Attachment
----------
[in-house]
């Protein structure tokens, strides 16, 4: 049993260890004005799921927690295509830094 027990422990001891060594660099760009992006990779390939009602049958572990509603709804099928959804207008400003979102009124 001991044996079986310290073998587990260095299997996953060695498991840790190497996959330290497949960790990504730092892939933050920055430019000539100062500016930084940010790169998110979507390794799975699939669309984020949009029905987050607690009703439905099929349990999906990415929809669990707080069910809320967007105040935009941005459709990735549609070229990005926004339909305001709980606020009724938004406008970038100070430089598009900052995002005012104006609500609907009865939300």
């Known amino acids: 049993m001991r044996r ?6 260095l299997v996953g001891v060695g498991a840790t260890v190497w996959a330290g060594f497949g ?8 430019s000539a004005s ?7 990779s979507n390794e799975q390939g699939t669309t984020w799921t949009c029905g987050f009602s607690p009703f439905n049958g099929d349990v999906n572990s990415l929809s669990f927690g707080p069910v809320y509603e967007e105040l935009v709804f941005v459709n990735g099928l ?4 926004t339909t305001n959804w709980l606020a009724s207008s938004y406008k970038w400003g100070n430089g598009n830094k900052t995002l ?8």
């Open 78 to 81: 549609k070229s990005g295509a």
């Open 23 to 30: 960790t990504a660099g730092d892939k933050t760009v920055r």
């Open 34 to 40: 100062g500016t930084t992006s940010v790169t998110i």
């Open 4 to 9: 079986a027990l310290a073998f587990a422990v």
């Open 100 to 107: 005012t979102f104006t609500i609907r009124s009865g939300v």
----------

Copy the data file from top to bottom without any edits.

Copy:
[in-house]
């Protein structure tokens, strides 16, 4: 049993260890004005799921927690295509830094 027990422990001891060594660099760009992006990779390939009602049958572990509603709804099928959804207008400003979102009124 001991044996079986310290073998587990260095299997996953060695498991840790190497996959330290497949960790990504730092892939933050920055430019000539100062500016930084940010790169998110979507390794799975699939669309984020949009029905987050607690009703439905099929349990999906990415929809669990707080069910809320967007105040935009941005459709990735549609070229990005926004339909305001709980606020009724938004406008970038100070430089598009900052995002005012104006609500609907009865939300």
């Known amino acids: 049993m001991r044996r ?6 260095l299997v996953g001891v060695g498991a840790t260890v190497w996959a330290g060594f497949g ?8 430019s000539a004005s ?7 990779s979507n390794e799975q390939g699939t669309t984020w799921t949009c029905g987050f009602s607690p009703f439905n049958g099929d349990v999906n572990s990415l929809s669990f927690g707080p069910v809320y509603e967007e105040l935009v709804f941005v459709n990735g099928l ?4 926004t339909t305001n959804w709980l606020a009724s207008s938004y406008k970038w400003g100070n430089g598009n830094k900052t995002l ?8």
């Open 78 to 81: 549609k070229s990005g295509a």
């Open 23 to 30: 960790t990504a660099g730092d892939k933050t760009v920055r």
């Open 34 to 40: 100062g500016t930084t992006s940010v790169t998110i």
């Open 4 to 9: 079986a027990l310290a073998f587990a422990v």
């Open 100 to 107: 005012t979102f104006t609500i609907r009124s009865g939300v």